Steaks are a delightful meal option, even if current prices are a bit on the high side. No matter what your favorite cut is, there are few things that really beat a good, well-cooked (Note: I said "well-cooked" not "well-done") steak.

Especially when cooked over a wood fire, but I digress a bit.

But we all have a certain vision that pops into our heads when we think about steaks. It's a huge hunk of meat, sometimes with a T-shaped bone, crossing char lines, and a good crust. Heck, that description might have made you hungry already. What we don't get a vision of with the idea of steaks, however, is this.

Steakholder Foods is using advances in science and technology to create 3D printed steaks using real meat.
Credit: CNN

That is Arik Kaufman, the CEO of Steakholder Foods, a food science company that is using advances in technology and biomedical sciences to create steaks using real meat derived from animal cells. They can, according to Kaufman, separate the cells into muscle and fat cells and then "print" the steaks.

Here's CNN's full story on the phenomenon.

3D Printed Foods Aren't New

The practice of using 3D printers to create food isn't new, but using them to create actual meat instead of meat substitutes is unique.

According to the website All3DP, the use of 3D printers to create food has been around for a while. However, it's more for the design than for cooking.

Food 3D printers are mostly suited for architecting intricate shapes and designs, not actually cooking the ingredients. Usually, the edibles are either ready for consumption or will be cooked in an external oven (or grill) once the 3D printing process is finished.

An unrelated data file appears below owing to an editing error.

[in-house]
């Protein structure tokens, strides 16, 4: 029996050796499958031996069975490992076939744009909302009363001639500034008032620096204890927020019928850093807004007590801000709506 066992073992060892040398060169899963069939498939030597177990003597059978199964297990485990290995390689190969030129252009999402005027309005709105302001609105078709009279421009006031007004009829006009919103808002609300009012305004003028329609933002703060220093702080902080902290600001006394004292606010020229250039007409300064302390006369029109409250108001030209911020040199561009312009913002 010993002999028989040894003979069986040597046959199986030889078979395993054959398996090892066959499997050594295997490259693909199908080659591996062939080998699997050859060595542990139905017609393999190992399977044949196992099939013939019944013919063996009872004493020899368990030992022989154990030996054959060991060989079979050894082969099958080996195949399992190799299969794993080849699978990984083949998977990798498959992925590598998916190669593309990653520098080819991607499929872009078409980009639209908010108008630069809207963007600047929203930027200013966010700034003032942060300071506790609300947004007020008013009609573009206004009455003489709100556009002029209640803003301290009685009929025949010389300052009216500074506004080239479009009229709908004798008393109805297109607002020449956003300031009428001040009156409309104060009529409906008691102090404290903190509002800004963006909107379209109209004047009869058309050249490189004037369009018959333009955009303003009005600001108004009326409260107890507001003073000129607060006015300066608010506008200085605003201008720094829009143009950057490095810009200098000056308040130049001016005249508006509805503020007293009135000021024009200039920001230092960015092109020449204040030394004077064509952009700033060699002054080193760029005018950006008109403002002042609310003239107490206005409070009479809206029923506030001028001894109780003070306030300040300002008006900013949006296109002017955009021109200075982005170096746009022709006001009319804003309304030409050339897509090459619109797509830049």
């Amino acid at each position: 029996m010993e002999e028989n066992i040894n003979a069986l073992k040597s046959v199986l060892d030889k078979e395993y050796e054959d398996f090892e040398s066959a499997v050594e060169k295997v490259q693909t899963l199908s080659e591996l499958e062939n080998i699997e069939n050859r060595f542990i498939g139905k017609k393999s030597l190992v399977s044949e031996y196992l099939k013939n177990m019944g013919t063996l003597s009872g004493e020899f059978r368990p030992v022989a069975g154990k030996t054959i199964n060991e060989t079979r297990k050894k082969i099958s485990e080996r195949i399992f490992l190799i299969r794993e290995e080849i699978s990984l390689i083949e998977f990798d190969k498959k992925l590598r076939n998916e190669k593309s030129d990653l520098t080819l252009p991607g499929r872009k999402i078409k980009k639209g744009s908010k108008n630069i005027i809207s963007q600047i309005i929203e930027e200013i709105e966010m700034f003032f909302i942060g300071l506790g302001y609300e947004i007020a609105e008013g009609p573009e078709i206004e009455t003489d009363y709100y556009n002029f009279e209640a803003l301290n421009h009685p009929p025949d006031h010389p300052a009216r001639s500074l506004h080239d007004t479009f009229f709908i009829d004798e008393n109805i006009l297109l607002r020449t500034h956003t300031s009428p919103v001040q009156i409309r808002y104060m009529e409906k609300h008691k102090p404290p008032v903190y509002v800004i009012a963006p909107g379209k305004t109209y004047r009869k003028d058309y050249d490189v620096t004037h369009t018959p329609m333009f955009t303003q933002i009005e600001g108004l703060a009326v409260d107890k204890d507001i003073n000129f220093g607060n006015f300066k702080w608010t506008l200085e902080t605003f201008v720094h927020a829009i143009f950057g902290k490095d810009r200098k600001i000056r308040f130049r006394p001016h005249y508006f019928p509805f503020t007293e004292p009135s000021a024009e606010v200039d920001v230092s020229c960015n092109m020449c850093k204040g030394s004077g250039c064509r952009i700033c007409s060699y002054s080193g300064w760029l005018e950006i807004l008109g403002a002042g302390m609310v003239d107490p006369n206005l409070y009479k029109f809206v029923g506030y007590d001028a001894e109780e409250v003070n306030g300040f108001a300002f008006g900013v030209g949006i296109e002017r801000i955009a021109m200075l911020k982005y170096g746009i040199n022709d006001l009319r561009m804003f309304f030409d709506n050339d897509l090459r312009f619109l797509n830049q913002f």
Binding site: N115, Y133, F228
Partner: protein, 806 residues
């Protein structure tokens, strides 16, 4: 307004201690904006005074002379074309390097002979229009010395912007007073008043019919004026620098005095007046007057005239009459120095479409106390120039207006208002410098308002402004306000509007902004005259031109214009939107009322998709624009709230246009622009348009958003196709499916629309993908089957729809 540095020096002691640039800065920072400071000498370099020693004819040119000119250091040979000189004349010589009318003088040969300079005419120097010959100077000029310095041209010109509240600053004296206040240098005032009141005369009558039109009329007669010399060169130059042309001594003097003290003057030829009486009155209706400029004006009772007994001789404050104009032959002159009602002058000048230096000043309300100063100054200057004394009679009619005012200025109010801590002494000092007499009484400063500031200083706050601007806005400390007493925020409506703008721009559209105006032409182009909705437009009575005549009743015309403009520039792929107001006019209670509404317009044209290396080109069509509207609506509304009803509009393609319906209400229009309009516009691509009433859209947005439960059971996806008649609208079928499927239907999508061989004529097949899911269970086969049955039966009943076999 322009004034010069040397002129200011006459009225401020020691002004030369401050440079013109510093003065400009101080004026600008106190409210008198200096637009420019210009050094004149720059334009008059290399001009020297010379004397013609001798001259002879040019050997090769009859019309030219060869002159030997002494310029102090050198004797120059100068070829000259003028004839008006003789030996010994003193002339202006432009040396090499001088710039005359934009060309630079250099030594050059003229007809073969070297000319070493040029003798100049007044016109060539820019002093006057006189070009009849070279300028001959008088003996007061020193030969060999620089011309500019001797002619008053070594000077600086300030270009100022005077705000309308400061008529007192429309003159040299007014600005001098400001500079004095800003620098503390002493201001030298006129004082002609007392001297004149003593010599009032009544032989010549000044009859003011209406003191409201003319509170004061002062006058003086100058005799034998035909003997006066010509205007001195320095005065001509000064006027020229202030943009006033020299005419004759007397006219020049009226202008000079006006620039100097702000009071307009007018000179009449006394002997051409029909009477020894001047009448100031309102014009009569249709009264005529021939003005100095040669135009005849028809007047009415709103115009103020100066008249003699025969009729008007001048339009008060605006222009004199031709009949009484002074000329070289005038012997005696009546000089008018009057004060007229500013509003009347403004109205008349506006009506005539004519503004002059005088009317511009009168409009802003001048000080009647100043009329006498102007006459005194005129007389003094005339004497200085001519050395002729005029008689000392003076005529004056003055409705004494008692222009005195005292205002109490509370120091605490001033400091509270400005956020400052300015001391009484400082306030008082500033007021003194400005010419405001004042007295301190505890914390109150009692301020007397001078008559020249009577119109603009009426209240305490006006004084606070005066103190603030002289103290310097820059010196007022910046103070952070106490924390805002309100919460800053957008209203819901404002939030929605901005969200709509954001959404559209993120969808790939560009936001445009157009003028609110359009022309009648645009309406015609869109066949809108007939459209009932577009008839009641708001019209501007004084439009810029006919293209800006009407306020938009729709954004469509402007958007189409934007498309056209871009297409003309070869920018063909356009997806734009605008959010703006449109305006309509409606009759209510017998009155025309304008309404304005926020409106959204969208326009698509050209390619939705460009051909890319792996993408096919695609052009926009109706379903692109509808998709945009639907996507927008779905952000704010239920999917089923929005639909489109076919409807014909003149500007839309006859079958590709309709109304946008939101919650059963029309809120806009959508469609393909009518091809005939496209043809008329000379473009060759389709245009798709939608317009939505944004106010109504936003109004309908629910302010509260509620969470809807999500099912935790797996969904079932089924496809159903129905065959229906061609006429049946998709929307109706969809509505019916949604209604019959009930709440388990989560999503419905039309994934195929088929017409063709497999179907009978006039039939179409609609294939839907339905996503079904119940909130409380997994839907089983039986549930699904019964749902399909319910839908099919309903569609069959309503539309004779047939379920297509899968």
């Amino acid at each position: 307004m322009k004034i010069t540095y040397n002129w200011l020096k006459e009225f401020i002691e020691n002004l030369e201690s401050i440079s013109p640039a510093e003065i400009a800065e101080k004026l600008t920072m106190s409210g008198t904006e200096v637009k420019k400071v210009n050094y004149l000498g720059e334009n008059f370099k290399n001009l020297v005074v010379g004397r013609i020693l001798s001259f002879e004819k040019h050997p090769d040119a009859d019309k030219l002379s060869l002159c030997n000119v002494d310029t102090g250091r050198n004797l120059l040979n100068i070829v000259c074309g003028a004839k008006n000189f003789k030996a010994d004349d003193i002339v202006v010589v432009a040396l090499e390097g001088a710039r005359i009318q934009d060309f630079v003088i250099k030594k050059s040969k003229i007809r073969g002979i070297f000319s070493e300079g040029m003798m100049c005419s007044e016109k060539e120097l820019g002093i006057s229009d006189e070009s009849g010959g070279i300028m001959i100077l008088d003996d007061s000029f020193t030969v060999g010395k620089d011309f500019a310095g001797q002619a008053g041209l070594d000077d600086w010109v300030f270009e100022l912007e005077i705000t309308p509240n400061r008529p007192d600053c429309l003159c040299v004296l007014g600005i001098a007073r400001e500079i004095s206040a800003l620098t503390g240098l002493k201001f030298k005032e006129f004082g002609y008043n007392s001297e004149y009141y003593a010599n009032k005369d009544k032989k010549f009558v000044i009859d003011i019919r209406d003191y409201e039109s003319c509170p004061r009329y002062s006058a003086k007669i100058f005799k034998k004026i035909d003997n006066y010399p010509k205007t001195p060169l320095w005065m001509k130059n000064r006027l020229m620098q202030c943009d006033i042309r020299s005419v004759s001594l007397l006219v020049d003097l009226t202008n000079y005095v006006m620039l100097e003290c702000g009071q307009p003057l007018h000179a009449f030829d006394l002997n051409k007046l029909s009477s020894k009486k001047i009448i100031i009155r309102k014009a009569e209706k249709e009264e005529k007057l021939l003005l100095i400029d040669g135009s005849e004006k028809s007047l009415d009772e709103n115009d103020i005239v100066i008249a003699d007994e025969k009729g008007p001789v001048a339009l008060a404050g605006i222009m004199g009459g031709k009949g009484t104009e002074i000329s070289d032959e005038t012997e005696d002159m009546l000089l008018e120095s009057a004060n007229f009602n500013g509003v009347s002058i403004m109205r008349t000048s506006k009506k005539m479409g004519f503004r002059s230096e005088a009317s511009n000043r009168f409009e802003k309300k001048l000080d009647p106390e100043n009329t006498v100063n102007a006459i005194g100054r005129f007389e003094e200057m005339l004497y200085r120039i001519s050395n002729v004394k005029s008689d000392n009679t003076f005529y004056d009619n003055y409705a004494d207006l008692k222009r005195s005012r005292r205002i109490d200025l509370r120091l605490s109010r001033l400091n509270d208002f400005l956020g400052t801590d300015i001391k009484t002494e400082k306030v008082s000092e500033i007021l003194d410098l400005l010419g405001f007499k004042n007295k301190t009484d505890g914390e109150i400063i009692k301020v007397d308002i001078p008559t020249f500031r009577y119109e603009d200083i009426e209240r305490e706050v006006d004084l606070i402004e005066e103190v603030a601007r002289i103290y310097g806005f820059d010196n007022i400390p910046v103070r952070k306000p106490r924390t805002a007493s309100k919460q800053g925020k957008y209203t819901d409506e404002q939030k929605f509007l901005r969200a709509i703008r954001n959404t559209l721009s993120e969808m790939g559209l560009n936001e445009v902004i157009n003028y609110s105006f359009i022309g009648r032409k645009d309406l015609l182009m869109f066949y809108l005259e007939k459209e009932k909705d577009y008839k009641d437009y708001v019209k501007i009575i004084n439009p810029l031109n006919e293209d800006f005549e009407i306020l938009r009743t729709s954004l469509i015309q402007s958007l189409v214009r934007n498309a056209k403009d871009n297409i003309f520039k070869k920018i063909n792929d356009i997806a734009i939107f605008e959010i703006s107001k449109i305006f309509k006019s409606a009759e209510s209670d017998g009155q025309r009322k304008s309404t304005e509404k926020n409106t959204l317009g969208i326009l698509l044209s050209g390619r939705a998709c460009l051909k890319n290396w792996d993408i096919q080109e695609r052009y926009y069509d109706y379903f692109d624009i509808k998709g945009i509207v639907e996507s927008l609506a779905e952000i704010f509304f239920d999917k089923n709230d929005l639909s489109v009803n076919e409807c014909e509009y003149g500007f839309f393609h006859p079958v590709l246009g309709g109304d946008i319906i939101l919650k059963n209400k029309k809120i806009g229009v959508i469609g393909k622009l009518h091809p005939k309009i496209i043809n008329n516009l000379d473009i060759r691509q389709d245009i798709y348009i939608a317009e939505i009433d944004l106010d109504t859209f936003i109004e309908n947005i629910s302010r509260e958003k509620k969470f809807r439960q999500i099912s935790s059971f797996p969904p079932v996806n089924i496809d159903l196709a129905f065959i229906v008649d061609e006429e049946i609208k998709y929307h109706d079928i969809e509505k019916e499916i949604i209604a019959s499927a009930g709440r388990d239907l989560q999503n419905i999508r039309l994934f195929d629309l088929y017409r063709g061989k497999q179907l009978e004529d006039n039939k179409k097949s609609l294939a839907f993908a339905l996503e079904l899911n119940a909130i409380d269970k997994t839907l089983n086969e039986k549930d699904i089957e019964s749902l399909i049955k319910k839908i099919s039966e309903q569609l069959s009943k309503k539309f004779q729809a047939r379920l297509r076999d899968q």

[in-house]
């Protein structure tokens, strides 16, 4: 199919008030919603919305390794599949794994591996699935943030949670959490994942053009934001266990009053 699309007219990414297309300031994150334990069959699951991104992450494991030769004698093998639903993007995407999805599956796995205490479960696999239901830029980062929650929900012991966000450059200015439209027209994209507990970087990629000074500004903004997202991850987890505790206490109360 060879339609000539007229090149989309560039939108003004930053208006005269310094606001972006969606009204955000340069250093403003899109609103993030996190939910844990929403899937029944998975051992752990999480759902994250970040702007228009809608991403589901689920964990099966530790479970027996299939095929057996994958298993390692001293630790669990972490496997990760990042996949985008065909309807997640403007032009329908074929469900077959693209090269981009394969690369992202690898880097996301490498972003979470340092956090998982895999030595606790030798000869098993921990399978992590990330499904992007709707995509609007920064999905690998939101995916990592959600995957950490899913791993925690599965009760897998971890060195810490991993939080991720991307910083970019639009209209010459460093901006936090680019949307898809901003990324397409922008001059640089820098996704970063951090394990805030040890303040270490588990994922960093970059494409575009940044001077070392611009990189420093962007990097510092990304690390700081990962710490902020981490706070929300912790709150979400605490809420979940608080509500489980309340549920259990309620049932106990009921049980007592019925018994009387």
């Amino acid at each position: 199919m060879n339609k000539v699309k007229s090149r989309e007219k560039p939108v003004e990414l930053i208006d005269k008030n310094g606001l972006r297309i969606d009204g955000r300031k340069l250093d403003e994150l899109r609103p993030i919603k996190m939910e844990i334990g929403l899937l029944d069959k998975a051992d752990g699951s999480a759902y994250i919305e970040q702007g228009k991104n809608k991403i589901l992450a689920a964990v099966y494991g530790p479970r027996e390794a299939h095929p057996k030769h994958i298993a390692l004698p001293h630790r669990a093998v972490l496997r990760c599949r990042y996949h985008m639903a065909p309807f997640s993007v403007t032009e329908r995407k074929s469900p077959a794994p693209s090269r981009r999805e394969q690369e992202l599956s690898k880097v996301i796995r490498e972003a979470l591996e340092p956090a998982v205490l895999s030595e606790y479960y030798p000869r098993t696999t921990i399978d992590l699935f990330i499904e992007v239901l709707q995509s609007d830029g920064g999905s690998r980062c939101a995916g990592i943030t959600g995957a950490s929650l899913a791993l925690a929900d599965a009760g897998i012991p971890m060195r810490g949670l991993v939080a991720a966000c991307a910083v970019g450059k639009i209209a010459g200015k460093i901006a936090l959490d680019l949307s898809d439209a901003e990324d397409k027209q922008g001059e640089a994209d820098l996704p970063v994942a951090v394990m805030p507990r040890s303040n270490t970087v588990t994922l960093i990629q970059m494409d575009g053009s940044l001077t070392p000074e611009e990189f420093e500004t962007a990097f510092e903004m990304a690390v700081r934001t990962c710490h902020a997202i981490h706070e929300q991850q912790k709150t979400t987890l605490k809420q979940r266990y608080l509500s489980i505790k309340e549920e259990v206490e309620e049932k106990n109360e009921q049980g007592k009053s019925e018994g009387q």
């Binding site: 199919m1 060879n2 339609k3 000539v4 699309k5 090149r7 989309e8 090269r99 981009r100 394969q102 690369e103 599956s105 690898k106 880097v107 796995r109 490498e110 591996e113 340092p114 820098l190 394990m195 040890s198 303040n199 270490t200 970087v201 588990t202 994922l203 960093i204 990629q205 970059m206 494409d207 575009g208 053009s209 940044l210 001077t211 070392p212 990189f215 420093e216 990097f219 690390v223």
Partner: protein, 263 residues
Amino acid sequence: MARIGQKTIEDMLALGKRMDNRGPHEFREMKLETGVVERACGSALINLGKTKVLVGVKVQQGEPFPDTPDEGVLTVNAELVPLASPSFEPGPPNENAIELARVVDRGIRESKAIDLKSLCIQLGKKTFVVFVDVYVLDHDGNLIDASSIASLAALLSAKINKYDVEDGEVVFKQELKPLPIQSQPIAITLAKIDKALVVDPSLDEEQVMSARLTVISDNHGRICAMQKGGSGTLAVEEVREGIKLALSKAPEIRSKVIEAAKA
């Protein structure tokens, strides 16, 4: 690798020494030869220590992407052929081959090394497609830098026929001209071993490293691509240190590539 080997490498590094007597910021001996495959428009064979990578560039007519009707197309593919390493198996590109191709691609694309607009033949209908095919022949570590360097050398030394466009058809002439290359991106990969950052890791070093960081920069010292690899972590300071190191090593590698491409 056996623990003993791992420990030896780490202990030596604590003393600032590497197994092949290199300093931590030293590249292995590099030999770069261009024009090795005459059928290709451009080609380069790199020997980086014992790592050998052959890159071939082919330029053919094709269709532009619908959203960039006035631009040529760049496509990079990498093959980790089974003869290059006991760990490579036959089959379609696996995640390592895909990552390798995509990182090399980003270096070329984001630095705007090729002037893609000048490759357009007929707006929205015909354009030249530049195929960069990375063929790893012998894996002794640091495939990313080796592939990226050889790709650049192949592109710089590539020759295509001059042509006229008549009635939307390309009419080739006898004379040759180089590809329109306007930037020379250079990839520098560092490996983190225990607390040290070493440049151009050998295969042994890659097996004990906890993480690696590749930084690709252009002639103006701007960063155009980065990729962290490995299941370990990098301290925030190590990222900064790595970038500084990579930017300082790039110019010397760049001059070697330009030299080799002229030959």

There are some exceptions, of course. The PancakeBot is a machine that only makes pancakes, or rather pancake art, by extruding the batter directly onto a hotplate. It still requires someone to flip it, but everything else is done on the same machine.

But their website primarily shows 3D-printed desserts. Some companies have been printing meat substitutes, and their use has been spreading, particularly in Europe.

Coming To A Steakhouse Near You?

Currently, there don't appear to be any plans to export the processes to steakhouses nationwide, but it is probably a matter of time. One of the reasons meat can be expensive is the rising costs of raising, feeding, and processing the animals. But what Steakholder is offering is a way to create the meat without all that - meaning that it could increase the supply of meat in the marketplace, which would bring down costs.

How much will it cost? Well, Steakholder is still largely in the developmental phase and is still looking for investors.

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